Based on Convention notes from Los Angeles by Emmanuel de Kadt.

no deadlocks, no switches, no Southern breakaways, no second ballot. Smooth as a transcontinental express, the Kennedy machine rolled through the Democratic Party’s Convention, carrying everything (including 806 votes) before it. Its progress marked the rise and triumph of the college-cut button-down-collar business technicians in politics: the new men of power, Jack Kennedy’s “boys”, made the old professional machine men look like a crew of provincial hicks.

There was something of a self-fulfilling prophecy about the Kennedy success. While he consistently underestimated his strength, appearing hopeful and calm but never over-confident, his “team” consistently utilised the highest figures of support, to induce a feeling among delegates that whoever wanted to wave from the window when the Presidential train rolled in in November, had better climb aboard early. They did. While the processions and acclamations for “favourite sons” went on, the Kennedy professionals could be seen, moving across the floor of the Convention, smoothing the way. The headquarters of the Convention, the Biltmore Hotel, saw many a wild-cat demonstration. At one point, a mob of bigoted segregationists invaded the lobby with placards for Orval Faubus, famous for his stand at Little Rock. Their placards demanded, “A Christian In The White House”, “Faubus For President”, “States Rights vs. Communism”. At another time, two or three Nazis, with swastika armbands, distributed leaflets saying, “A vote for Stevenson is a vote for Khrushchev”. But all this was just part of the political mardi-gras.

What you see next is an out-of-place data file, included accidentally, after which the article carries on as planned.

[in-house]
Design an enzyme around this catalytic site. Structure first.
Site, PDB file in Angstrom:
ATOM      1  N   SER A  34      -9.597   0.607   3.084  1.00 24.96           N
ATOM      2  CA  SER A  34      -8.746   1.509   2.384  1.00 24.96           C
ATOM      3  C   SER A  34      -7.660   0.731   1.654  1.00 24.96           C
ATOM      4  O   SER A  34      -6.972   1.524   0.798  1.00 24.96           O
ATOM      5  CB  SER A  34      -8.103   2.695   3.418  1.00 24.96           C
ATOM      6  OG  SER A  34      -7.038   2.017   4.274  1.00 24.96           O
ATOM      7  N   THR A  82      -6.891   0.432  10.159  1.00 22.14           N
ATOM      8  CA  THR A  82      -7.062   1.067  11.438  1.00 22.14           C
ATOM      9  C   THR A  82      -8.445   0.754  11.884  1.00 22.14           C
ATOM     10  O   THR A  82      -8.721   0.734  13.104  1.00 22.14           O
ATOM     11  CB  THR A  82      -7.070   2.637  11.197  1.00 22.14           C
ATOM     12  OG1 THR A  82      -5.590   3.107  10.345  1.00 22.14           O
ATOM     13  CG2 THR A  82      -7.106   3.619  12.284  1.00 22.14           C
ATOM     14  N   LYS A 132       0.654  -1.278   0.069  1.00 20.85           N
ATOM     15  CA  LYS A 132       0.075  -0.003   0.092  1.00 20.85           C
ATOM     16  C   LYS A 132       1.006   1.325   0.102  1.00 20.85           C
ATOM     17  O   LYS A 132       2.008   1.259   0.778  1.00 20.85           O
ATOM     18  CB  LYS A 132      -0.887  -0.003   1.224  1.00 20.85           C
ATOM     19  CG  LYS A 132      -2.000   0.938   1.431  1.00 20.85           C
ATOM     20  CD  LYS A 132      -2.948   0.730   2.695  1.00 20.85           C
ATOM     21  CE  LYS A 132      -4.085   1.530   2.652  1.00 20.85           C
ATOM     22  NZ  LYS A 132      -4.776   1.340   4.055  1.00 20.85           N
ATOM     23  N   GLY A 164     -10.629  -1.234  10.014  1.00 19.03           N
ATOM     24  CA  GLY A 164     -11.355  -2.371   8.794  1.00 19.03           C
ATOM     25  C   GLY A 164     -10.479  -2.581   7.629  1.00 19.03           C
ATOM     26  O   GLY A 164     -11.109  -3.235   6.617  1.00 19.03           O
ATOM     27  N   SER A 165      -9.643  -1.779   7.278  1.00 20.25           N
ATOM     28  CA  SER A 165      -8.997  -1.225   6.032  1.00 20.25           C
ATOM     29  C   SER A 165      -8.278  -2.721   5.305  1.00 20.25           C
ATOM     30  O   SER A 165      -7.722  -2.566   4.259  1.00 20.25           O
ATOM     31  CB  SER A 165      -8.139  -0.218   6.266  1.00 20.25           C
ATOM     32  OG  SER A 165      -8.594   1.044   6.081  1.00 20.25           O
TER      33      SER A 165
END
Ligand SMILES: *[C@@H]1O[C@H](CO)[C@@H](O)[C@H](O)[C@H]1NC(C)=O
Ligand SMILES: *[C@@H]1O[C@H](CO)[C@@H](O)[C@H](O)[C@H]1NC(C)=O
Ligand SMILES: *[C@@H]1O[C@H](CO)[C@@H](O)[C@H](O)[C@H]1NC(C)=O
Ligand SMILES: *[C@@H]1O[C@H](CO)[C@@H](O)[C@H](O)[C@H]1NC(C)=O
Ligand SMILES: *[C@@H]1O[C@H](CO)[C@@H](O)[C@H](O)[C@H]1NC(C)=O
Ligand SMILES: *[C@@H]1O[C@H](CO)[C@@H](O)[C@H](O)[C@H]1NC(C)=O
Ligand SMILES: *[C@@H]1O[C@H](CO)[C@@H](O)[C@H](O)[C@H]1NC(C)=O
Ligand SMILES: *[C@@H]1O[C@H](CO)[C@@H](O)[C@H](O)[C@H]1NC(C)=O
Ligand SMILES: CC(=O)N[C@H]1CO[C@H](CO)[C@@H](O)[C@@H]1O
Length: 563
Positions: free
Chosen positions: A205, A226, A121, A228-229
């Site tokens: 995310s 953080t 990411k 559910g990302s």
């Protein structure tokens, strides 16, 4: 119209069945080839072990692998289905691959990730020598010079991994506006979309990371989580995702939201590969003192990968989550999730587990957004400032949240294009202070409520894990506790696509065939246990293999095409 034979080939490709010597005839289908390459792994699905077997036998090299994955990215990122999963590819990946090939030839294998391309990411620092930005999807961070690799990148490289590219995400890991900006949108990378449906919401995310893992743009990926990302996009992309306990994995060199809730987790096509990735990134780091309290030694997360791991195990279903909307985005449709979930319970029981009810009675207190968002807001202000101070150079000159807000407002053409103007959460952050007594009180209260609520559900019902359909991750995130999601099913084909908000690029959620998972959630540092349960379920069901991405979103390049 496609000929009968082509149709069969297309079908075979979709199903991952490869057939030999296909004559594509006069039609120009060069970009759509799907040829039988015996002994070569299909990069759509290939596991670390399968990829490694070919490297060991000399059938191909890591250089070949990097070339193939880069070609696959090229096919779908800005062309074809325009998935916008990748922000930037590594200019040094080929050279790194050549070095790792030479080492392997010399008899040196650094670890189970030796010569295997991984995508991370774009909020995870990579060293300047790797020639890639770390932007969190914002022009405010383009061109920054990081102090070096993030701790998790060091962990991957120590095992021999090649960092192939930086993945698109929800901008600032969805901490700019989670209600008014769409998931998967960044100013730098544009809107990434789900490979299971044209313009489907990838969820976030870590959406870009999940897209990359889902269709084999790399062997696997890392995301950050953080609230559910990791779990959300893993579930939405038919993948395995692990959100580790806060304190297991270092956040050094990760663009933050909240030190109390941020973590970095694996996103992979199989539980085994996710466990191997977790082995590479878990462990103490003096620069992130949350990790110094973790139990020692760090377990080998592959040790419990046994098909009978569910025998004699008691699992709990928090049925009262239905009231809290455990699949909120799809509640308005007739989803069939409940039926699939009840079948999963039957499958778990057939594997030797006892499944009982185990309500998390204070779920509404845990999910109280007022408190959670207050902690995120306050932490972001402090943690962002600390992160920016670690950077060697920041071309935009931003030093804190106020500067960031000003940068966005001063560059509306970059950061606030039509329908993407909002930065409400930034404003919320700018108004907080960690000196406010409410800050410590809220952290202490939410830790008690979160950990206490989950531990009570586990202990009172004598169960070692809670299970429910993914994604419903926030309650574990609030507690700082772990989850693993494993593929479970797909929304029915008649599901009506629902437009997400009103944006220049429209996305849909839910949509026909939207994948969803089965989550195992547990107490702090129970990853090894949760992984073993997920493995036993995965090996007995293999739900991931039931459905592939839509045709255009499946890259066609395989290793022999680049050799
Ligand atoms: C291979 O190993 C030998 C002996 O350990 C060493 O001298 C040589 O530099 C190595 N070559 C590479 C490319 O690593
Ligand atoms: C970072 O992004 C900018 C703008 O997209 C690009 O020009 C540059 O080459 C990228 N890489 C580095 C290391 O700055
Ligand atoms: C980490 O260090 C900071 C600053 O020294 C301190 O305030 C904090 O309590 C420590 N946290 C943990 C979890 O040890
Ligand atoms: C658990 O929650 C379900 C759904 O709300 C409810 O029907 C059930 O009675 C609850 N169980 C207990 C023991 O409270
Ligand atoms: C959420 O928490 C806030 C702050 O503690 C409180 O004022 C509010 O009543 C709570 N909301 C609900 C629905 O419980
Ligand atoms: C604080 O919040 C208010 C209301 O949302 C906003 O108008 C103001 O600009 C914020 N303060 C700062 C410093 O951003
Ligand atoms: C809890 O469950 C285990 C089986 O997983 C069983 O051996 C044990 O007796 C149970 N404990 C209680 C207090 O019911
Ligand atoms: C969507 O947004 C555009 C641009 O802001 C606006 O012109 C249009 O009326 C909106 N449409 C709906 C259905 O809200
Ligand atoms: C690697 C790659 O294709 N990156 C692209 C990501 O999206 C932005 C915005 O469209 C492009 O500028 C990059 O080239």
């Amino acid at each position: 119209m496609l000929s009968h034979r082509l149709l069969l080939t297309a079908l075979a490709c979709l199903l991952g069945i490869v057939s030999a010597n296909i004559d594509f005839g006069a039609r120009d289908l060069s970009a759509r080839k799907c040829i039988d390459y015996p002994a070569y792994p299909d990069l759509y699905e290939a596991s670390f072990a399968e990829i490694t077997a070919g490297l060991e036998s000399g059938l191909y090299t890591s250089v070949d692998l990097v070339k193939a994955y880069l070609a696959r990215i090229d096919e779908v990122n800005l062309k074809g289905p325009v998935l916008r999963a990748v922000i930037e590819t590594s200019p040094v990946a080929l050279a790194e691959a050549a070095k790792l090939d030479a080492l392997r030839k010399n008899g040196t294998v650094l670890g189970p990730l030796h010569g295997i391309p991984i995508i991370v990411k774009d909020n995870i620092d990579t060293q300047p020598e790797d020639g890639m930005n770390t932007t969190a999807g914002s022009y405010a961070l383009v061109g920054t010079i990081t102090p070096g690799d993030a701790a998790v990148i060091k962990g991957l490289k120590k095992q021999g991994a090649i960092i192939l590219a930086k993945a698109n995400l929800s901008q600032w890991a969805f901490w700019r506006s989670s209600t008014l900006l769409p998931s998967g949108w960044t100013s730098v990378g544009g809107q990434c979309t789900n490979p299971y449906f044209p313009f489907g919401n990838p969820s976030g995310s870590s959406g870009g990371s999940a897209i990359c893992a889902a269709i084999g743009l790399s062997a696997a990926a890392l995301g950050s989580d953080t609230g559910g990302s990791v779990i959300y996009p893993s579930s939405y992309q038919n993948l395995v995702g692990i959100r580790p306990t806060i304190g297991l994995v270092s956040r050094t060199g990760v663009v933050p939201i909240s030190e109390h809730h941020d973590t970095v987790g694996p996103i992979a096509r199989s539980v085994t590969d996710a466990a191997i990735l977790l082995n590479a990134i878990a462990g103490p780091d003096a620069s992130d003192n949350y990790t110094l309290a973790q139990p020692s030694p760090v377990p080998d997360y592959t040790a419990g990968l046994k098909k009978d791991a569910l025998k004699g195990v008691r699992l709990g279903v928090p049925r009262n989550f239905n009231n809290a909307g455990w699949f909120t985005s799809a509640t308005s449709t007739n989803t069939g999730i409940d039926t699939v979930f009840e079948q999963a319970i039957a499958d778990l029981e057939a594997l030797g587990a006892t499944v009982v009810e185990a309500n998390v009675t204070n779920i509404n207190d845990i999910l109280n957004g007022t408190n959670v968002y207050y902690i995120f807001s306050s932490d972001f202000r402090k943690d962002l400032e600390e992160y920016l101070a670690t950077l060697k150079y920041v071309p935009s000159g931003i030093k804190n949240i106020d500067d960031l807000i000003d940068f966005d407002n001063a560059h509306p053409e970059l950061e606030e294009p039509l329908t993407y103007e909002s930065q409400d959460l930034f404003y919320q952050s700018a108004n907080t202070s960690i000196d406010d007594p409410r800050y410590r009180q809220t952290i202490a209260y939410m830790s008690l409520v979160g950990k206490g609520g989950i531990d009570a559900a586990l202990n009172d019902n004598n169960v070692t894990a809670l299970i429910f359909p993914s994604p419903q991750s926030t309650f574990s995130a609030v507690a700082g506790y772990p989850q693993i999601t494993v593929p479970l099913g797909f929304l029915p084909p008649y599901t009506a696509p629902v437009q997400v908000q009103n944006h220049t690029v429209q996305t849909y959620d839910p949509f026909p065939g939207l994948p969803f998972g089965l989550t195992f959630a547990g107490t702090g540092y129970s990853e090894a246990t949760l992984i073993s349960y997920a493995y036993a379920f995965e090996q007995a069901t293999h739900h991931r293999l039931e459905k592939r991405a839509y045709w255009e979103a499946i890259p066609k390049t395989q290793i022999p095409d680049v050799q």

The only two real alternatives to Kennedy were Stevenson and Lyndon Johnson, leader of the Senate and the Southern hope. Johnson remained confident until the end. With his smile and his studied friendliness, he tried to navigate his way round all the cliffs. Asked about Cuba, he said “Foreign policy is the prerogative of the President!” Pushed by the creeping crisis in Cuba, he retreated behind the Monroe Doctrine and the Caracas Agreement. He failed to find the appropriate tone for the Convention, and the South did not feel strongly enough about his allegiance to segregation to threaten to break the Party in order to let him through.

The Stevenson movement had unsuspected “grass-roots” strength, in New York and California particularly, and enclaves of liberal support around the country: but it lacked organised power. The inner contradiction of Stevenson’s position—he remained aloof, unwilling to campaign, and yet was obviously anxious to be “drafted”—made it difficult for his supporters. Finding themselves largely outside the machines, often in blatant opposition to them, they had to rely upon public demonstrations. In New York alone, more than 500,000 signed the “Draft Stevenson” petitions, and when he appeared at the Convention, the demonstrations in favour of his candidature interrupted the proceedings for twenty minutes. “Do not leave this prophet without honour in his own party. Do not reject this man”.

That was precisely what the Convention did. The Kennedy team worked tirelessly, promoting the young Senator from Massachusetts. At one stage, the candidate was so tired that he said, “I wonder whether I’m exuding the basic confidence?” He was.